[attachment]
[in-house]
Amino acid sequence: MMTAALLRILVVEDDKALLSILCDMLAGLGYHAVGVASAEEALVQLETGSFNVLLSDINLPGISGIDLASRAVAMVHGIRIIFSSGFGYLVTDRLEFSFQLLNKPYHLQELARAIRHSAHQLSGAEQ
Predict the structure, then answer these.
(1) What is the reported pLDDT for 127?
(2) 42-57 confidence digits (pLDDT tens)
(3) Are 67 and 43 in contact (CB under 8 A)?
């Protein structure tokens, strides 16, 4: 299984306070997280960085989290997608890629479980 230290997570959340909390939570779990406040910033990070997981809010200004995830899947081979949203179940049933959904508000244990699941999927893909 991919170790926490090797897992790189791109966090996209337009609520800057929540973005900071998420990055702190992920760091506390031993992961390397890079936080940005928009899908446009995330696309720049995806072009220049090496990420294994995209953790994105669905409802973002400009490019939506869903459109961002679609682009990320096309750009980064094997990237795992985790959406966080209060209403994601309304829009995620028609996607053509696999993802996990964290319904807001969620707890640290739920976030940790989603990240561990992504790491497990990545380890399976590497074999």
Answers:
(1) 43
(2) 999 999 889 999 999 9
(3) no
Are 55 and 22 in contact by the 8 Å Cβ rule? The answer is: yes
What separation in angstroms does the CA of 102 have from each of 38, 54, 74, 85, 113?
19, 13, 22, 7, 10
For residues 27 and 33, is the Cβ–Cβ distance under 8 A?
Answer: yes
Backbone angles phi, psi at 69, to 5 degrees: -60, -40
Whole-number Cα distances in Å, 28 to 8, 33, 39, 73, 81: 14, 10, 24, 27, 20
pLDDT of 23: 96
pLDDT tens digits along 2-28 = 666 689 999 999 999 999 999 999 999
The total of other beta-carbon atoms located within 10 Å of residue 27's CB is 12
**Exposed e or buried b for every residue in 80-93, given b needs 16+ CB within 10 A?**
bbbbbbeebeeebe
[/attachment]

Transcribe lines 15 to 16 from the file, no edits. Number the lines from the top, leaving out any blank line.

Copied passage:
For residues 27 and 33, is the Cβ–Cβ distance under 8 A?
Answer: yes